“It’s this problem because it’s not even clear where you would start attacking it,” he said at a public forum last year. “You need to start earlier in the funnel so that girls don’t self-select out of doing computer science education, but at the same time, one of the big reasons why today we have this issue is that there aren’t a lot of women in the field today.”
Similar retorts are said about Blacks and Hispanics even though they make up 9% each of computer science graduates.
Those graduates still don’t get hired at tech companies.
Women earn just 18% of Computer Science degrees, but they too still don’t make it in large numbers in those jobs…well not the tech jobs.
Women make up nearly half 48% of non-tech jobs at Facebook. ..and by women, I mean White Women, because remember they had 11 black women out of 4,263 in 2013.
And that brings me to my other point: Facebook manages to fill the non-tech jobs with White Women but uses as an excuse for not hiring Blacks and Hispanics that they don’t have technical background or degrees.
They didn’t even have black janitors! And they had just two black women as secretaries or admin assistants out of 121.
Facebook’s own Career page shows there are jobs at the company that do NOT require a computer science degree like in the legal, finance, facilities, communications, public policy, human resources, data analytics, marketing, sales and business development departments.
The main answer is plain and simple: conscious or unconscious bias.
Given equal qualifications and experience, those who hire usually select candidates they feel comfortable with, who they can see themselves chilling after work with or who simply resemble, physically, their current co-workers, supervisors and social circle.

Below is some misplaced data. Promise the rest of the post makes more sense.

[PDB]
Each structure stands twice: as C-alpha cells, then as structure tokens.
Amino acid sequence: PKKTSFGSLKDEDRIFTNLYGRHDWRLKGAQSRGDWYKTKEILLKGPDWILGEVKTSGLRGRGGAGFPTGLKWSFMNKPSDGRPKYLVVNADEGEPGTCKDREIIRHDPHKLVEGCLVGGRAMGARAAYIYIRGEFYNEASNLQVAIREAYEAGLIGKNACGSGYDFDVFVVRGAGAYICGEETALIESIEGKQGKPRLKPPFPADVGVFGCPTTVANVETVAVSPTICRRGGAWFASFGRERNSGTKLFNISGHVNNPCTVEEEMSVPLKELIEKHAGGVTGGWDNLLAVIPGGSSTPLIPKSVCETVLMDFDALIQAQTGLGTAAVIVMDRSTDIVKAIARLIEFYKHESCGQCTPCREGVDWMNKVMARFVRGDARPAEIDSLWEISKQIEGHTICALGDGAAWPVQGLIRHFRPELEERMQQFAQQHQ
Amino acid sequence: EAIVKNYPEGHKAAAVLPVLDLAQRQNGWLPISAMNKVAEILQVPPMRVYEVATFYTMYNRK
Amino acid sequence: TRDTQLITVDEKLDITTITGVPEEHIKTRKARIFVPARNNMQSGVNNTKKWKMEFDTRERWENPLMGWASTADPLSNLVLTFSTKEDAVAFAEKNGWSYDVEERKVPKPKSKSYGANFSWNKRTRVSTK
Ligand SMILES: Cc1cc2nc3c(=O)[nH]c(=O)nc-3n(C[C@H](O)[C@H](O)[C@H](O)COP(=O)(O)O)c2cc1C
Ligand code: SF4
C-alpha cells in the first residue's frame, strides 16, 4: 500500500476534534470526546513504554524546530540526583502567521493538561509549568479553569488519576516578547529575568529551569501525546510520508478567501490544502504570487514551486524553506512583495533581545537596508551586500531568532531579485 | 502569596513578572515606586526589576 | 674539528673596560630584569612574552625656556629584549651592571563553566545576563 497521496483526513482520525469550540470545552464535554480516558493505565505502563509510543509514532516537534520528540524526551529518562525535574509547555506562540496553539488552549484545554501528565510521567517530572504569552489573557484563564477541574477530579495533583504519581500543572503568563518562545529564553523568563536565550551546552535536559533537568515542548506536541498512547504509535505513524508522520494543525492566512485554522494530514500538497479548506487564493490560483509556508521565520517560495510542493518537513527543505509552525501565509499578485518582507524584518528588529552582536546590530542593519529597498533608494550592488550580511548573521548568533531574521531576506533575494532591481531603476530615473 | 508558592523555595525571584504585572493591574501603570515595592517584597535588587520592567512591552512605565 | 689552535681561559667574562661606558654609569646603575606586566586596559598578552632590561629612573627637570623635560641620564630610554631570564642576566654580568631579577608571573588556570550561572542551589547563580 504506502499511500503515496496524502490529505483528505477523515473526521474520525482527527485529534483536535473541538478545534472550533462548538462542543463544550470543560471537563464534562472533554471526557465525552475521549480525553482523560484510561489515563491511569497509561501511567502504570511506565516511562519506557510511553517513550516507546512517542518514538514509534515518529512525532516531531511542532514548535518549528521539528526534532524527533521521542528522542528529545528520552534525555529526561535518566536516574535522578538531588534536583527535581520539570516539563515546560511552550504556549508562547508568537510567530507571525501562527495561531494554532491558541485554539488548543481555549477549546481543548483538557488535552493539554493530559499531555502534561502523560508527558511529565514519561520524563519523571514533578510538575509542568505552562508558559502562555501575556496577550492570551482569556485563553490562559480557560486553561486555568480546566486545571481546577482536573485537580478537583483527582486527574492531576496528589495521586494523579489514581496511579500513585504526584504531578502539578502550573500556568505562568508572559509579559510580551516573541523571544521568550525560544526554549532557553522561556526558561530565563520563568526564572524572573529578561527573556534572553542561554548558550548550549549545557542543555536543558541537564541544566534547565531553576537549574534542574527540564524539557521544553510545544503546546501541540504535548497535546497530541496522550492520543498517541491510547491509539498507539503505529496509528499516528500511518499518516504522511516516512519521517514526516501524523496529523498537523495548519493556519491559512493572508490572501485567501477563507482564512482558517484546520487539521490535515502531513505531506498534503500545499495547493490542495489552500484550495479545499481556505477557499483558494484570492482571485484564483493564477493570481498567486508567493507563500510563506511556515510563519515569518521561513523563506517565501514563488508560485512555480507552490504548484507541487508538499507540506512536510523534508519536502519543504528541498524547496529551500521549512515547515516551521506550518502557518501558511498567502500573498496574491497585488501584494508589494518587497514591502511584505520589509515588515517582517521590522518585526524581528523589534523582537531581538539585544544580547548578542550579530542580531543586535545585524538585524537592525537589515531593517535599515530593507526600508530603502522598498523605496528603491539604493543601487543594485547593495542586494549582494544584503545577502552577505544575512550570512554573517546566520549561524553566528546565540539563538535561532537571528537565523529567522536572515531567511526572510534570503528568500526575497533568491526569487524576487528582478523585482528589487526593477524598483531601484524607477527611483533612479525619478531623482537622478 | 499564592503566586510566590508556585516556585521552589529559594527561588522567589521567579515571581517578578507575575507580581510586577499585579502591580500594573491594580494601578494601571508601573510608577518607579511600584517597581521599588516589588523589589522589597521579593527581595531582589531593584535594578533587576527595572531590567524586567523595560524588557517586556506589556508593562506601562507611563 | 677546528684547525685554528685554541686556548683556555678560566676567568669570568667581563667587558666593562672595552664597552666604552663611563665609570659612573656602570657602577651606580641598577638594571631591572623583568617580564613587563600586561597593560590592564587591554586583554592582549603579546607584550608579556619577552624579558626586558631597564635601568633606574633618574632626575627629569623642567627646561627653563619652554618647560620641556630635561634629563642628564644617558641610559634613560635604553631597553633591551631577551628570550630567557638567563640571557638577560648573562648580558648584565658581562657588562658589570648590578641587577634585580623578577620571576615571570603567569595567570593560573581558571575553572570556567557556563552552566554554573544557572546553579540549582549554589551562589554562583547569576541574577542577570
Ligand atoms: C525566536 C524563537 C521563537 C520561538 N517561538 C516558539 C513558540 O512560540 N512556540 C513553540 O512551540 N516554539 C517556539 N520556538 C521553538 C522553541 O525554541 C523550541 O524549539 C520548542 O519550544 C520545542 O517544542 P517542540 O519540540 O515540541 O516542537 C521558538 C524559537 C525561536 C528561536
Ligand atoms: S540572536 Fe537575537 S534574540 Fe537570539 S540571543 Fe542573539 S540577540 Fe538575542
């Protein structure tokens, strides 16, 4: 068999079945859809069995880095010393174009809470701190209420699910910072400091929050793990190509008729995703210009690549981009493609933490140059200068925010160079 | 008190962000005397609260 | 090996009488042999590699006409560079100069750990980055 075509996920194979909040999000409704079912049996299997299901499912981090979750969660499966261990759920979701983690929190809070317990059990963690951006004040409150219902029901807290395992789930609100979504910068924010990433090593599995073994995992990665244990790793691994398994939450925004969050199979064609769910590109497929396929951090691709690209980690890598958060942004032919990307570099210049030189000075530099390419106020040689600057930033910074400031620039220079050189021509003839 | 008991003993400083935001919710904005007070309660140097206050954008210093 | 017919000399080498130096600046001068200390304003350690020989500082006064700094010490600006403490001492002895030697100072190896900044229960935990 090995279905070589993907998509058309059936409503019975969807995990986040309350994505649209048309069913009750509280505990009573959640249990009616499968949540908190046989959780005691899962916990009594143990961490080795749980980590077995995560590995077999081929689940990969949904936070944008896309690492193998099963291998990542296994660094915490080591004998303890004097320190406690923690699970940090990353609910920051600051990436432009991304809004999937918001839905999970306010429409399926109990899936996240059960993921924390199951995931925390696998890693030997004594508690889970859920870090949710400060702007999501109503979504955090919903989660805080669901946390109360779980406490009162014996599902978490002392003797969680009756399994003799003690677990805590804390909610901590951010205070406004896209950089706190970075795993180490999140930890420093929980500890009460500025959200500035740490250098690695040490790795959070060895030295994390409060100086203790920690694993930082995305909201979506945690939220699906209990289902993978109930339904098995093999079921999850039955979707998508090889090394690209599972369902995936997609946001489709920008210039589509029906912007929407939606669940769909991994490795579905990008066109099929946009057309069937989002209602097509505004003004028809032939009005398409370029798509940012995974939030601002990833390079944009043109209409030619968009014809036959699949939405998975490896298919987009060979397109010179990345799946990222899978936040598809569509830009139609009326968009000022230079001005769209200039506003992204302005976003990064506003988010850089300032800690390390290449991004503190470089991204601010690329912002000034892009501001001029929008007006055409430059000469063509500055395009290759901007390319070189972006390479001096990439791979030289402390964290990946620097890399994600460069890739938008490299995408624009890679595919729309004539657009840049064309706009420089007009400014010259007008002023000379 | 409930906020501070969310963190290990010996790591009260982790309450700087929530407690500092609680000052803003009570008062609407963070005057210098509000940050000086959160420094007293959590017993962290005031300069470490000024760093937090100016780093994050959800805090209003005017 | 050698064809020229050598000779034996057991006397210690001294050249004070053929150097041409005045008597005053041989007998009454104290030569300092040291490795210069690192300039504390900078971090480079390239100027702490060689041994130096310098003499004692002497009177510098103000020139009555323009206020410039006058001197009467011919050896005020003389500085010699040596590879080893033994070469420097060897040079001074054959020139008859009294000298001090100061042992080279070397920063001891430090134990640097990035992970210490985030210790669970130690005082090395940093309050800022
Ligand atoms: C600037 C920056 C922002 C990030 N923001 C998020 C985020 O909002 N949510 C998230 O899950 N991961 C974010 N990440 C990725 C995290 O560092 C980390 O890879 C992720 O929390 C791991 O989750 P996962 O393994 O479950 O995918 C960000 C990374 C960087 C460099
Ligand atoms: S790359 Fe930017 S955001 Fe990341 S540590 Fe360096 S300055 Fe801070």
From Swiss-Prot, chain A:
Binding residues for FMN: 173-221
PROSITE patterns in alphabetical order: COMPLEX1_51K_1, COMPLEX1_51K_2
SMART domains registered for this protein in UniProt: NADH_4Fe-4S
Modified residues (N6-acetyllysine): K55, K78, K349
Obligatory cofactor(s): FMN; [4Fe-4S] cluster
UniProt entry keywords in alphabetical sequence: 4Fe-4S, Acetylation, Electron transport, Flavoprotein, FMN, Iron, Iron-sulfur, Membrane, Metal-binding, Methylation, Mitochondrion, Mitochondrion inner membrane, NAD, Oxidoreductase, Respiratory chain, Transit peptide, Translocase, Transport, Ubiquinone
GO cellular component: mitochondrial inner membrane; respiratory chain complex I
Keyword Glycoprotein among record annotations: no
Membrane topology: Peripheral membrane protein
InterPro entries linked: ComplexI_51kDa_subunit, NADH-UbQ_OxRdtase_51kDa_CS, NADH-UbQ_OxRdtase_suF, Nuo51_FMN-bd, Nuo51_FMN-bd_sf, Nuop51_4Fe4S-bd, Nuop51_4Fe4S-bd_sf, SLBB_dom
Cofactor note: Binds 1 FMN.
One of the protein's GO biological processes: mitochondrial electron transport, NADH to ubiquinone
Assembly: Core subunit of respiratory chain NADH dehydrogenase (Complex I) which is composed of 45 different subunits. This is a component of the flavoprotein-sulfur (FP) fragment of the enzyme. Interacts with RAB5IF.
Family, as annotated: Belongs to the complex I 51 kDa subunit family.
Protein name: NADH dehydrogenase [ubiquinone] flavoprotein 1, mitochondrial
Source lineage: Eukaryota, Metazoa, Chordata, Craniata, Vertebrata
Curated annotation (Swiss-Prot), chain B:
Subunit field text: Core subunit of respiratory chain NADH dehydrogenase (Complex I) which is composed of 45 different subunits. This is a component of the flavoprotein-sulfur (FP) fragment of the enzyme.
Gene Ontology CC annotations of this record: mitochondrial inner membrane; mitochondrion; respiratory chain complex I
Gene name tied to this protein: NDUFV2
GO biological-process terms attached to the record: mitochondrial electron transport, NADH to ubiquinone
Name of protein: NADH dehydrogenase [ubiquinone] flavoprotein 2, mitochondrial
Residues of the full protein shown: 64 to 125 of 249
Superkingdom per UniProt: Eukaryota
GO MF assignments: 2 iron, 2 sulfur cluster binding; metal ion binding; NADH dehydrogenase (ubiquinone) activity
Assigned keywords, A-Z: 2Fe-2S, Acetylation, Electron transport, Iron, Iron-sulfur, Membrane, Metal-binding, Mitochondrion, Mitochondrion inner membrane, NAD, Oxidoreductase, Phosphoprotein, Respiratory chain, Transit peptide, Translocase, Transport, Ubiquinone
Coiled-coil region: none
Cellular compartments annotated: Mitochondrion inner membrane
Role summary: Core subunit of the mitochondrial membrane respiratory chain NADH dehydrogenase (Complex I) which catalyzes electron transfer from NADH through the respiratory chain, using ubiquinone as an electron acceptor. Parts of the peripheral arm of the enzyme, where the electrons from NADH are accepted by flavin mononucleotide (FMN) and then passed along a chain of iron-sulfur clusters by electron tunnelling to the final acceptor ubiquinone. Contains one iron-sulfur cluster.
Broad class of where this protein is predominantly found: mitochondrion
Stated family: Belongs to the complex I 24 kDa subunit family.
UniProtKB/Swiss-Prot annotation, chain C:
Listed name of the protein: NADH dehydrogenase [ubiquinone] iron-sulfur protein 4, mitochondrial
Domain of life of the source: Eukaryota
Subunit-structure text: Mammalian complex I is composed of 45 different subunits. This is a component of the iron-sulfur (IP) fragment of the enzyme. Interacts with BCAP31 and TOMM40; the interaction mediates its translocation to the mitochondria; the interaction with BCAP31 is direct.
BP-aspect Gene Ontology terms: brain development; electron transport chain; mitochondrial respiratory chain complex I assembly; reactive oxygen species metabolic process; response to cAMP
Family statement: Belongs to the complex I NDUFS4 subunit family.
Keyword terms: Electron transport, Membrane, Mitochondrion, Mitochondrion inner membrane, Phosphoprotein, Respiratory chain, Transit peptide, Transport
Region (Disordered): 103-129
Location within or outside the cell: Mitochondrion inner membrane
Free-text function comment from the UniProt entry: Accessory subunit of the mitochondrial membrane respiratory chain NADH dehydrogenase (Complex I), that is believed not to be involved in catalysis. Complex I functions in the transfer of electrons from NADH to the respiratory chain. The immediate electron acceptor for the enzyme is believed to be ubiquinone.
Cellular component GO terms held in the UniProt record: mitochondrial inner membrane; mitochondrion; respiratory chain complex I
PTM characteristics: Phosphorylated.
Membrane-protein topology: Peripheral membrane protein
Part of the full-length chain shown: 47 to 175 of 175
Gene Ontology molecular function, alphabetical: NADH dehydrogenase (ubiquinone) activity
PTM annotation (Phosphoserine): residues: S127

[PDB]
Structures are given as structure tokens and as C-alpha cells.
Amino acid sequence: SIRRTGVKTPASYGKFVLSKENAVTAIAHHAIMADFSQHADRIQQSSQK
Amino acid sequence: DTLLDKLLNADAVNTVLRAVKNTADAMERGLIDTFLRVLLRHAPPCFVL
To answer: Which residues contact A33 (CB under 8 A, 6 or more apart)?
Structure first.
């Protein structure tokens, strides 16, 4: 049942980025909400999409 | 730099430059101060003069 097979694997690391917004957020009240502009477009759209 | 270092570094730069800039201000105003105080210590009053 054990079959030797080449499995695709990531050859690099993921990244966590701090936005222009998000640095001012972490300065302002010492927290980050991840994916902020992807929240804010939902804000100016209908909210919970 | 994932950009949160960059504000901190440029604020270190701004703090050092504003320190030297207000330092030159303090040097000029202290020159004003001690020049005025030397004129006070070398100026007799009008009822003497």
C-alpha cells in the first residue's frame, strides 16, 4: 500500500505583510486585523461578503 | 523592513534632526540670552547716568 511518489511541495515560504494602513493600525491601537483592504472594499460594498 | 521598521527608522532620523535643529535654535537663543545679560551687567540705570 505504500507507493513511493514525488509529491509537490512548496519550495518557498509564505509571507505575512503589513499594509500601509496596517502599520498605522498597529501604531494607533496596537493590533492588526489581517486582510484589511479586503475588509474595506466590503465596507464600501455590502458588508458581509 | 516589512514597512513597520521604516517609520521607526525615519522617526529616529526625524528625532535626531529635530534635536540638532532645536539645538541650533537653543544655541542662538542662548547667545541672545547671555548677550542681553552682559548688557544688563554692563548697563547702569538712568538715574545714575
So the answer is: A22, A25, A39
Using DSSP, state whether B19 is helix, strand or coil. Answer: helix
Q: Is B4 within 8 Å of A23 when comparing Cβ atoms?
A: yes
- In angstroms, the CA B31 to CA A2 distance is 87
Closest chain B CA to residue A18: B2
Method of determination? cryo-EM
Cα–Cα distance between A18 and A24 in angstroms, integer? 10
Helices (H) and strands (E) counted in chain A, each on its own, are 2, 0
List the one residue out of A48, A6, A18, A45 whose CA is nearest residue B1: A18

Also, interviewers are humans and we all carry around preconceived notions about others based on superficial things like their dress, weight, height, name and tone of speech or inflection.
Those are attributes that should be more or less non-consequential, yet they remain dormant at rest in all of our psyche, but awaken when it’s time for recall and to make a perception of a person. And when making a hiring decision, that perception plays a big factor as well.
So, if you walk into the room with the same gender and race as the interviewer, you are awarded unconsciously a check mark that you may fit in…until you open your mouth and maybe prove otherwise.
The Black or Hispanic candidate, on the other hand, would have to prove that they could fit in. They are not rewarded with the positive side of bias.
I have a black female friend who is a Harvard and MIT graduate who has traveled to over 30 countries, has multiple interests, has had phenomenal experiences in life and during her travels, is very social, personable and has a varied and very diverse social circle.